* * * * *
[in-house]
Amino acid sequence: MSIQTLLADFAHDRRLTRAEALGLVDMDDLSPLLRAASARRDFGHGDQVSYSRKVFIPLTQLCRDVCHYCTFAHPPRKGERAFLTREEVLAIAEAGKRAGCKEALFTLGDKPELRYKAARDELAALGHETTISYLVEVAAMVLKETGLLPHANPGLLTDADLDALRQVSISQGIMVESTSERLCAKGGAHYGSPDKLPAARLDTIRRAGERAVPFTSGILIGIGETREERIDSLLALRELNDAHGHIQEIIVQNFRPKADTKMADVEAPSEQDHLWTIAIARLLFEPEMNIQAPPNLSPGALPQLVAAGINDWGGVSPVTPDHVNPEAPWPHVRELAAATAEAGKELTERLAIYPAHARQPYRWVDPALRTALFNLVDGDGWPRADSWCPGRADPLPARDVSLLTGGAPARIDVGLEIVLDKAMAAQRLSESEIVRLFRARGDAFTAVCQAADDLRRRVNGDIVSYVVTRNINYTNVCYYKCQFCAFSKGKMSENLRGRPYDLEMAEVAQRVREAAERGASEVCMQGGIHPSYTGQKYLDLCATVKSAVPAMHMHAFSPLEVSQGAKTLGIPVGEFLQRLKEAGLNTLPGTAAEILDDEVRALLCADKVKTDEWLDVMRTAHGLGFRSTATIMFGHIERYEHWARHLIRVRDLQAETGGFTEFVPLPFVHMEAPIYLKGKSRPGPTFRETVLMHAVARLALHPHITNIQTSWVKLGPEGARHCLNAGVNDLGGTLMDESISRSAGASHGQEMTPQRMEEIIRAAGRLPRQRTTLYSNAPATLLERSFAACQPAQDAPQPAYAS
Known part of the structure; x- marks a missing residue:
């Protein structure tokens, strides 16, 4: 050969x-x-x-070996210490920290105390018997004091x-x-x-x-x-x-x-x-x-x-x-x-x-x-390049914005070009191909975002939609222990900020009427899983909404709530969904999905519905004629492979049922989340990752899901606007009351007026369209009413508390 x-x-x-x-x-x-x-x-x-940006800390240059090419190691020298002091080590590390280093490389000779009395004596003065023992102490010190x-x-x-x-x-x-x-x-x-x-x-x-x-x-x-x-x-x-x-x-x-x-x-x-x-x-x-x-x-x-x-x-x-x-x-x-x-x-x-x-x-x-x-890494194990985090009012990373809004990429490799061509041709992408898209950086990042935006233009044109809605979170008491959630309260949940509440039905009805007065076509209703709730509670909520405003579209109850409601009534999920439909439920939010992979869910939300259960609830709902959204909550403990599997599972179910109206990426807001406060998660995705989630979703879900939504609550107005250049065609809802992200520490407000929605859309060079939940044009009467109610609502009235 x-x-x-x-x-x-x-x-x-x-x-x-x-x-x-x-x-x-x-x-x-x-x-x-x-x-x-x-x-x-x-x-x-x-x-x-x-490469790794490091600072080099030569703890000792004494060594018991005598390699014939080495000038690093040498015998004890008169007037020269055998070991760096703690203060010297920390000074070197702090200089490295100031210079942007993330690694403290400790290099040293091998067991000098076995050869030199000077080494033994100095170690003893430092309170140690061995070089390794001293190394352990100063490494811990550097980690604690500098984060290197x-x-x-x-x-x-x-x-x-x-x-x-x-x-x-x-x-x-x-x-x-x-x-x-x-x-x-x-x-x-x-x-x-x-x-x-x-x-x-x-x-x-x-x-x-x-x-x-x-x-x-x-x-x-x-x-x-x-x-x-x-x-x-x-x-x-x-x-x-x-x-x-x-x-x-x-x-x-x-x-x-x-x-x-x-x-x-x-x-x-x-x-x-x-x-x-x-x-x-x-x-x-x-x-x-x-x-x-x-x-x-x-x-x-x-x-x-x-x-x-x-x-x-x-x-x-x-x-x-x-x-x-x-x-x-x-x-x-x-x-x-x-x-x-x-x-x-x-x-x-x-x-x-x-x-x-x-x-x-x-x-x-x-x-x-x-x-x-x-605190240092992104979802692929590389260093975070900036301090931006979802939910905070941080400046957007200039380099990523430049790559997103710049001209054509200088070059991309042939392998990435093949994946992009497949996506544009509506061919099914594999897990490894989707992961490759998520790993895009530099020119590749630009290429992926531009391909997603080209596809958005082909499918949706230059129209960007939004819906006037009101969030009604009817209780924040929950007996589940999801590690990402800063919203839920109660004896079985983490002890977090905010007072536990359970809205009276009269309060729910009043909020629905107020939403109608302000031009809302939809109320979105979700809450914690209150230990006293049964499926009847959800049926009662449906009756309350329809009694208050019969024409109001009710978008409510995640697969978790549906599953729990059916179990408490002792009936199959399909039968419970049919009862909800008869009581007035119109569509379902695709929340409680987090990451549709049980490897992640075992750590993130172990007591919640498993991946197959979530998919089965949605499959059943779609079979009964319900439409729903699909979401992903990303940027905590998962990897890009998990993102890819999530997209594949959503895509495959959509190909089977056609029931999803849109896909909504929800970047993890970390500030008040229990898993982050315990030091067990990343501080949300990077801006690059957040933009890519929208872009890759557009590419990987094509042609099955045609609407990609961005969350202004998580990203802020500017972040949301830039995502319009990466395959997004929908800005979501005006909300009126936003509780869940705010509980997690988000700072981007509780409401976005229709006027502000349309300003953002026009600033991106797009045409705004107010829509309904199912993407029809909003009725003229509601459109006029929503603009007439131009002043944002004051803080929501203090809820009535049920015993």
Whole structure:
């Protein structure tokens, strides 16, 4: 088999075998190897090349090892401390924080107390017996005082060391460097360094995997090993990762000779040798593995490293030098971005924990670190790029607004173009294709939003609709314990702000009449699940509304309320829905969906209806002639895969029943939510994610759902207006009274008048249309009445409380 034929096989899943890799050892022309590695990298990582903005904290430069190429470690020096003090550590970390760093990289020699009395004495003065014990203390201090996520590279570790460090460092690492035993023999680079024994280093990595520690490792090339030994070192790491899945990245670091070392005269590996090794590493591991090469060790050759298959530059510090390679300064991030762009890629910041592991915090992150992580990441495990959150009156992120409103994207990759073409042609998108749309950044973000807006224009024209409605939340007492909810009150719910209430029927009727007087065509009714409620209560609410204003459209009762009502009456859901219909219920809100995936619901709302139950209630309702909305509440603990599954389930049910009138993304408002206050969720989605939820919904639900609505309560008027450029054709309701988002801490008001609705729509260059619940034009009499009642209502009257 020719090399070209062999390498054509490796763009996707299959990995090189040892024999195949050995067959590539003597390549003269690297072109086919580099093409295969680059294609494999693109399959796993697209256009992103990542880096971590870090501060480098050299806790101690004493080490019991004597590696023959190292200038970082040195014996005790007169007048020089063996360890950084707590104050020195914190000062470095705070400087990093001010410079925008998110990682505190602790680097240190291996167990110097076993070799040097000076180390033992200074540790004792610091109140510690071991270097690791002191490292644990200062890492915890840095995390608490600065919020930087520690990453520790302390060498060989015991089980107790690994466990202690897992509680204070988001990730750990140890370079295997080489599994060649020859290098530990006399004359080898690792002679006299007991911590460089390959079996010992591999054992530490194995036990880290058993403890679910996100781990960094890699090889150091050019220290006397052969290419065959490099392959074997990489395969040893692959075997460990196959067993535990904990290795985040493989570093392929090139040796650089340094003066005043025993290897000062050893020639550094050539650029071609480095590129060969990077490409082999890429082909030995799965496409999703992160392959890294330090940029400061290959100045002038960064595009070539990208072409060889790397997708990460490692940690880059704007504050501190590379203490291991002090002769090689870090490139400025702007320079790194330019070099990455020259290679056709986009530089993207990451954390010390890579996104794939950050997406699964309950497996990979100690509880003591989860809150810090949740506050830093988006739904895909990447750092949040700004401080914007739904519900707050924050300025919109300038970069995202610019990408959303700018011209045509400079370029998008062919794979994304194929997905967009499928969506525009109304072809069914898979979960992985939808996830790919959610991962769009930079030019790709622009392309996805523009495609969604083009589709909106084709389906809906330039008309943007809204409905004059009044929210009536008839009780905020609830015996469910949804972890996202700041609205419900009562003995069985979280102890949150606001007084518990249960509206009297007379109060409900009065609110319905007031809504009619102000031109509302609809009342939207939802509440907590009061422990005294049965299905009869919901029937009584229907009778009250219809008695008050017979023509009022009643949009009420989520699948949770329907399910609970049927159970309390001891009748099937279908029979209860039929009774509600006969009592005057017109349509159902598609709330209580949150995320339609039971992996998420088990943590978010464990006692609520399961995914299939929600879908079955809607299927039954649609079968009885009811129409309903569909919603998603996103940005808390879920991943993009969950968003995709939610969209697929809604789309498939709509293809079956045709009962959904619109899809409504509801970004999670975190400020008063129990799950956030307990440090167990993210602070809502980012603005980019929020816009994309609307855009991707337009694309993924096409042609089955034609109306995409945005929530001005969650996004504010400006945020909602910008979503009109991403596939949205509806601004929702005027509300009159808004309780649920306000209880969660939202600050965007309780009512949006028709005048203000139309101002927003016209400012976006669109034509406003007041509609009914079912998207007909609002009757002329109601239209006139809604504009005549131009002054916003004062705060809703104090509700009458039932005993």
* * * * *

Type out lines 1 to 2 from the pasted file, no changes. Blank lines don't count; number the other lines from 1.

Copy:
[in-house]
Amino acid sequence: MSIQTLLADFAHDRRLTRAEALGLVDMDDLSPLLRAASARRDFGHGDQVSYSRKVFIPLTQLCRDVCHYCTFAHPPRKGERAFLTREEVLAIAEAGKRAGCKEALFTLGDKPELRYKAARDELAALGHETTISYLVEVAAMVLKETGLLPHANPGLLTDADLDALRQVSISQGIMVESTSERLCAKGGAHYGSPDKLPAARLDTIRRAGERAVPFTSGILIGIGETREERIDSLLALRELNDAHGHIQEIIVQNFRPKADTKMADVEAPSEQDHLWTIAIARLLFEPEMNIQAPPNLSPGALPQLVAAGINDWGGVSPVTPDHVNPEAPWPHVRELAAATAEAGKELTERLAIYPAHARQPYRWVDPALRTALFNLVDGDGWPRADSWCPGRADPLPARDVSLLTGGAPARIDVGLEIVLDKAMAAQRLSESEIVRLFRARGDAFTAVCQAADDLRRRVNGDIVSYVVTRNINYTNVCYYKCQFCAFSKGKMSENLRGRPYDLEMAEVAQRVREAAERGASEVCMQGGIHPSYTGQKYLDLCATVKSAVPAMHMHAFSPLEVSQGAKTLGIPVGEFLQRLKEAGLNTLPGTAAEILDDEVRALLCADKVKTDEWLDVMRTAHGLGFRSTATIMFGHIERYEHWARHLIRVRDLQAETGGFTEFVPLPFVHMEAPIYLKGKSRPGPTFRETVLMHAVARLALHPHITNIQTSWVKLGPEGARHCLNAGVNDLGGTLMDESISRSAGASHGQEMTPQRMEEIIRAAGRLPRQRTTLYSNAPATLLERSFAACQPAQDAPQPAYAS